Mombasa tide gauge station

The Intergovernmental Oceanographic Commission (IOC) of UNESCO developed a Global Sea Level Observing System (GLOSS) program in 1985 to address the growing concern about the rise in mean sea level around the globe. The objective of GLOSS was to provide high quality standardized data from which valuable sea level products can be produced for international oceanographic programmes such as World Oceans Circulation Experiment (WOCE) and regional research programmes as well as for practical application on a national level. Kenya is one of the countries participating in GLOSS and has already received support and assistance in terms of training of our specialists and provision of equipment through IOC.

There are two sea level monitoring stations along the Kenyan coast being managed by Kenya Marine & Fisheries Research Institute (KMFRI). Mombasa tide gauge (LAT: 04o 04´S; LONG: 039o 039’E) was installed in 1986 and Lamu gauge (LAT: 02o 17´ S; LONG: 040o 54’ E) in 1996. Both Mombasa and Lamu are principal stations on the GLOSS network. Because of our close collaboration with University of Hawaii Sea Level Centre (UHSLC) in the United States, both stations have been upgraded and are transmitting data in real-time via satellite. The two stations are also dedicated components of the Indian Ocean Tsunami Warning System (IOTWS). Data from the two stations (and others like them in the region) can be used to either confirm or cancel a tsunami warning throughout the region.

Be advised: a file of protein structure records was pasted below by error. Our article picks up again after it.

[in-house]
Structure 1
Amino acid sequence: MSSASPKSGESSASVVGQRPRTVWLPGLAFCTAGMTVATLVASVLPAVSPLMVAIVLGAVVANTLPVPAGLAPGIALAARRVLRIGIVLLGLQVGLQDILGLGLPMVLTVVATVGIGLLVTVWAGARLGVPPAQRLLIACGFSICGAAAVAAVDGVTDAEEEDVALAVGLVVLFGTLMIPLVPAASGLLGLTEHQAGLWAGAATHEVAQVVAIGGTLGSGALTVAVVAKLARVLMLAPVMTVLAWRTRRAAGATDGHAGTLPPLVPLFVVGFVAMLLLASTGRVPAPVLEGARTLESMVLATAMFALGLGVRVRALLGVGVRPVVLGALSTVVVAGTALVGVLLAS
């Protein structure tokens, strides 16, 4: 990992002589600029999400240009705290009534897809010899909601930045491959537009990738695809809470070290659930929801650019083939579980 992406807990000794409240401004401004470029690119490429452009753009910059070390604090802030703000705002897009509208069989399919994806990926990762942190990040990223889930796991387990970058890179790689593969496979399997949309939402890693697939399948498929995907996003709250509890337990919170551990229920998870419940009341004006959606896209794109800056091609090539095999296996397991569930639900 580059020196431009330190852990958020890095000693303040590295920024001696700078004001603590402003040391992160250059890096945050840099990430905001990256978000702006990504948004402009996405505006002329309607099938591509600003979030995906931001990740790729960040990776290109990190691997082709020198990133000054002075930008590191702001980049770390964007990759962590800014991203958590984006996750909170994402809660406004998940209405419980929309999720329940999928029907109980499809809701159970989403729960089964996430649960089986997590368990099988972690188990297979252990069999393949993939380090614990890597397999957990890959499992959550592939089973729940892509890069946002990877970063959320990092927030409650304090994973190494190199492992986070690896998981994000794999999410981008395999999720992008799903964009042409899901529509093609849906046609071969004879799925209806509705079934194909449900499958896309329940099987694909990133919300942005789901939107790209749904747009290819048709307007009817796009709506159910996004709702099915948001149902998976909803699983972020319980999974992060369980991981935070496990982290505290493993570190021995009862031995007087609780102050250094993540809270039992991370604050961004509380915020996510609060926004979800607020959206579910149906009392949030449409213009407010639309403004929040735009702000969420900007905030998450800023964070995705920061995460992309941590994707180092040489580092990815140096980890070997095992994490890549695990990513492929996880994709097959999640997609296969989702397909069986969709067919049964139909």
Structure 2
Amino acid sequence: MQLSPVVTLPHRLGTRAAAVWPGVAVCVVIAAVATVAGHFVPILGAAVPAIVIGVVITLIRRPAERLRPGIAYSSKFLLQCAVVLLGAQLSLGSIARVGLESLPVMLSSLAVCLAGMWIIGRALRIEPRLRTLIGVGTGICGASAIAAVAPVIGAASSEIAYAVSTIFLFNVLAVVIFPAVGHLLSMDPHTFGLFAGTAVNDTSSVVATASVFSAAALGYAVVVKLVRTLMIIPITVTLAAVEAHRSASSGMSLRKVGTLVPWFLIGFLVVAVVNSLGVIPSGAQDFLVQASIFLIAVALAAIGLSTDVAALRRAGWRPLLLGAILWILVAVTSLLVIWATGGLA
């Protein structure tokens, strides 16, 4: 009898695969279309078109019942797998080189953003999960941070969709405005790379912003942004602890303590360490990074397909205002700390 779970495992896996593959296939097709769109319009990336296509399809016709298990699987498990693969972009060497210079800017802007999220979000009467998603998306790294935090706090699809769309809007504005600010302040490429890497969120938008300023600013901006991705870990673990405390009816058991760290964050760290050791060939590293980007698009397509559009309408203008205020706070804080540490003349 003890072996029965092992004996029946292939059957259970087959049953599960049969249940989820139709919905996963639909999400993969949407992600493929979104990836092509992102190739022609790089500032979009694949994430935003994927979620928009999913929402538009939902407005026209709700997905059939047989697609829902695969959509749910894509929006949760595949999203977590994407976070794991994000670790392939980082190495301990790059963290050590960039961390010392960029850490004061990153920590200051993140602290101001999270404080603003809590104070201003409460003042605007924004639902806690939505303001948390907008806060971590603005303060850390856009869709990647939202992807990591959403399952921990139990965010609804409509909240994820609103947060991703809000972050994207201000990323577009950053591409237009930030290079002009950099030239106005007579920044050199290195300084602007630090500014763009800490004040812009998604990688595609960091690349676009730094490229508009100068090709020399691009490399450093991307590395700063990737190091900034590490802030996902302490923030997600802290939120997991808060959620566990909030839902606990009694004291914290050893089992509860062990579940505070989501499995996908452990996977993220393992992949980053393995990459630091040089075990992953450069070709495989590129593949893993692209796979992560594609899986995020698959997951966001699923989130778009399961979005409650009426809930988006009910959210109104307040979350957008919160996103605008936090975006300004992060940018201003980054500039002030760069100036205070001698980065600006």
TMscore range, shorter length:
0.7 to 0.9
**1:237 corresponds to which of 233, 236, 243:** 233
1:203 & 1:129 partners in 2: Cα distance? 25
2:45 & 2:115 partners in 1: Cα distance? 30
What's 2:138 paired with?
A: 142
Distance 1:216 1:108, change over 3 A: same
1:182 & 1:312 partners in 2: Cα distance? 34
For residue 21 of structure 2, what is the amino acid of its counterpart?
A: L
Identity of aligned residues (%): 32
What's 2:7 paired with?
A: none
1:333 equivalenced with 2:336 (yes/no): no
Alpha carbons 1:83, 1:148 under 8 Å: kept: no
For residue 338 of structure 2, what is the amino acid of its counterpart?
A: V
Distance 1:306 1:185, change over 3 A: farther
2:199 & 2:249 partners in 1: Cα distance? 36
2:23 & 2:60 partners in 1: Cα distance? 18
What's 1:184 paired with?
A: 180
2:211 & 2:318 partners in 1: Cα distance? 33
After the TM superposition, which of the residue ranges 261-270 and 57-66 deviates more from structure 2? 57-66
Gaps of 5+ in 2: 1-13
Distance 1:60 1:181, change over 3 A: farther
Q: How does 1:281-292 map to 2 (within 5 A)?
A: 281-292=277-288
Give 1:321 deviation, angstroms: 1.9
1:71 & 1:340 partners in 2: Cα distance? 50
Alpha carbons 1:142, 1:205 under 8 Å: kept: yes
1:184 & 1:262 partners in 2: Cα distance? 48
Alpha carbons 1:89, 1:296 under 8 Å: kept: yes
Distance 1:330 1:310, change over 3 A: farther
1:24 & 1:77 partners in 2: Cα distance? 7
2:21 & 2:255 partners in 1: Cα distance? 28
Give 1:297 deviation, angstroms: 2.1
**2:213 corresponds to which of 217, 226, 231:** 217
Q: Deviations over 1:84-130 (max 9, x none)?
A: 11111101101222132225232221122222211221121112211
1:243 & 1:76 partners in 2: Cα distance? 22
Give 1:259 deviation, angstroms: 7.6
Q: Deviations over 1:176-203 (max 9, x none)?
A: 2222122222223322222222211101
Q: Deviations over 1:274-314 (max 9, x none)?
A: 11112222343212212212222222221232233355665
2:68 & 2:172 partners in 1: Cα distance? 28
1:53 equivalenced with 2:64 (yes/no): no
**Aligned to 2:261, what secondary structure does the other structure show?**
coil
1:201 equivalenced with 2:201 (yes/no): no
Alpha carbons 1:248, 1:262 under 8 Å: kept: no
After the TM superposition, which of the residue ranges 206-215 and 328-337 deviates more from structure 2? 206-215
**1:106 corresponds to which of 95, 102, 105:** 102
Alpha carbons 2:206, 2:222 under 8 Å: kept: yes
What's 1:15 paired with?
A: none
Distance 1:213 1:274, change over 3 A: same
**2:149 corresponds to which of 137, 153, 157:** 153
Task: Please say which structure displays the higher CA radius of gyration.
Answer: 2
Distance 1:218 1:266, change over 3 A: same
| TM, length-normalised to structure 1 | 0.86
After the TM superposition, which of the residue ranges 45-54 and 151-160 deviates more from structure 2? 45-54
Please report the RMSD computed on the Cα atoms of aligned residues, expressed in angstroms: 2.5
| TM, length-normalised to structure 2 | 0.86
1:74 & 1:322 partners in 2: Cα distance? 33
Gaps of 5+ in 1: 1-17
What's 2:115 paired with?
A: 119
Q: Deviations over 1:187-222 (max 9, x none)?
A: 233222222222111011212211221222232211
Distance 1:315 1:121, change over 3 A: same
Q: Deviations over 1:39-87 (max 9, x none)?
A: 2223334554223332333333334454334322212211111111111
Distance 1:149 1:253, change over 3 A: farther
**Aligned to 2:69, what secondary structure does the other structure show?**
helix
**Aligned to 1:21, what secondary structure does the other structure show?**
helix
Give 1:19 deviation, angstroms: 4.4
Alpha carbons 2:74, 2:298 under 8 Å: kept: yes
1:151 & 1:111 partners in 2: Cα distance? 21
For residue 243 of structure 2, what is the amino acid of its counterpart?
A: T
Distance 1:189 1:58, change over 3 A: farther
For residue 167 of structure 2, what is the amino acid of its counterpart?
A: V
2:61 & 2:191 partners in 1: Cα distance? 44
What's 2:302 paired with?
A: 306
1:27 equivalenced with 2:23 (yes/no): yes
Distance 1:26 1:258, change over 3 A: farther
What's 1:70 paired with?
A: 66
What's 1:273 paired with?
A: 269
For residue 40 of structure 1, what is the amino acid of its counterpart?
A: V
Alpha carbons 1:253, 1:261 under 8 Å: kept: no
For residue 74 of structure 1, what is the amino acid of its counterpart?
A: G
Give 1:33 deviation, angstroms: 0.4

This link provides 2017 Tide Predictions for Mombasa and Lamu produced by KMFRI. They are in form of high-low listings and hourly values. The predictions have been generated using special tidal analysis software (T_TIDE) with hourly and quality controlled time series of sea level observations from the two stations as input data. The heights presented in these tide tables are in meters above the lowest astronomical tide. The predictions are referenced to local time. Time zone for Mombasa and Lamu is GMT + 3 hours. KMFRI is distributing these predictions to all relevant and interested organizations as well as individuals dealing with marine environment to facilitate their research, navigational and recreational activities.